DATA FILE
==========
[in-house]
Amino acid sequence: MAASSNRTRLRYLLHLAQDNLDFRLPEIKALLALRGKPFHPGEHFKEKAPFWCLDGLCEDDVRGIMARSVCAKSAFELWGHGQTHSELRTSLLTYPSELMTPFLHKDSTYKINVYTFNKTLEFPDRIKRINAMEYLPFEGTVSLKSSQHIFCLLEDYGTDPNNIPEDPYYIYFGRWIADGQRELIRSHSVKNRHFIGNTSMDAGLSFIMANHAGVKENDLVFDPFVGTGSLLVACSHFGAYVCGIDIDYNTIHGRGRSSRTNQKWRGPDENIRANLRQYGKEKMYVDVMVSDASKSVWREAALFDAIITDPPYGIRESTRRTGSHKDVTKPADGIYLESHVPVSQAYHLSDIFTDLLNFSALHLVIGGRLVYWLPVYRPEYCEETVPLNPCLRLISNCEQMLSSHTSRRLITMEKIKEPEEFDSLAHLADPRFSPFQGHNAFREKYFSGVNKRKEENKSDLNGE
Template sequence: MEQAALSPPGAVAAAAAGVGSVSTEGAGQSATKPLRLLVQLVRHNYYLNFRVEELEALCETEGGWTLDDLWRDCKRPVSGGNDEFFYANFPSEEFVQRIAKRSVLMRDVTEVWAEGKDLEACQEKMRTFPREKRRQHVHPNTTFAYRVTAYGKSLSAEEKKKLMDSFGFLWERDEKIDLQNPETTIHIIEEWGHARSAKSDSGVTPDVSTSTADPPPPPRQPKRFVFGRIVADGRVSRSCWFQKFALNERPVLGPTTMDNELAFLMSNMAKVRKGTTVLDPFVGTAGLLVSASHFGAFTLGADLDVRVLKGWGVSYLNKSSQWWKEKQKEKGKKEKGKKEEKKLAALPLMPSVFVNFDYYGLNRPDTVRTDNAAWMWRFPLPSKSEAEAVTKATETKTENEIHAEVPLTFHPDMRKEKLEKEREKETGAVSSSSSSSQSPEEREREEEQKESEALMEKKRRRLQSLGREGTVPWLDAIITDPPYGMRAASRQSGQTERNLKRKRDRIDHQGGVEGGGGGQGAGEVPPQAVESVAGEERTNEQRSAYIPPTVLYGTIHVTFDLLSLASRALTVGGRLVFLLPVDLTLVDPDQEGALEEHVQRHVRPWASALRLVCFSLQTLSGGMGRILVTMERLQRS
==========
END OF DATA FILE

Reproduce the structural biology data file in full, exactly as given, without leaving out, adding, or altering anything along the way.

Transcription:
[in-house]
Amino acid sequence: MAASSNRTRLRYLLHLAQDNLDFRLPEIKALLALRGKPFHPGEHFKEKAPFWCLDGLCEDDVRGIMARSVCAKSAFELWGHGQTHSELRTSLLTYPSELMTPFLHKDSTYKINVYTFNKTLEFPDRIKRINAMEYLPFEGTVSLKSSQHIFCLLEDYGTDPNNIPEDPYYIYFGRWIADGQRELIRSHSVKNRHFIGNTSMDAGLSFIMANHAGVKENDLVFDPFVGTGSLLVACSHFGAYVCGIDIDYNTIHGRGRSSRTNQKWRGPDENIRANLRQYGKEKMYVDVMVSDASKSVWREAALFDAIITDPPYGIRESTRRTGSHKDVTKPADGIYLESHVPVSQAYHLSDIFTDLLNFSALHLVIGGRLVYWLPVYRPEYCEETVPLNPCLRLISNCEQMLSSHTSRRLITMEKIKEPEEFDSLAHLADPRFSPFQGHNAFREKYFSGVNKRKEENKSDLNGE
Template sequence: MEQAALSPPGAVAAAAAGVGSVSTEGAGQSATKPLRLLVQLVRHNYYLNFRVEELEALCETEGGWTLDDLWRDCKRPVSGGNDEFFYANFPSEEFVQRIAKRSVLMRDVTEVWAEGKDLEACQEKMRTFPREKRRQHVHPNTTFAYRVTAYGKSLSAEEKKKLMDSFGFLWERDEKIDLQNPETTIHIIEEWGHARSAKSDSGVTPDVSTSTADPPPPPRQPKRFVFGRIVADGRVSRSCWFQKFALNERPVLGPTTMDNELAFLMSNMAKVRKGTTVLDPFVGTAGLLVSASHFGAFTLGADLDVRVLKGWGVSYLNKSSQWWKEKQKEKGKKEKGKKEEKKLAALPLMPSVFVNFDYYGLNRPDTVRTDNAAWMWRFPLPSKSEAEAVTKATETKTENEIHAEVPLTFHPDMRKEKLEKEREKETGAVSSSSSSSQSPEEREREEEQKESEALMEKKRRRLQSLGREGTVPWLDAIITDPPYGMRAASRQSGQTERNLKRKRDRIDHQGGVEGGGGGQGAGEVPPQAVESVAGEERTNEQRSAYIPPTVLYGTIHVTFDLLSLASRALTVGGRLVFLLPVDLTLVDPDQEGALEEHVQRHVRPWASALRLVCFSLQTLSGGMGRILVTMERLQRS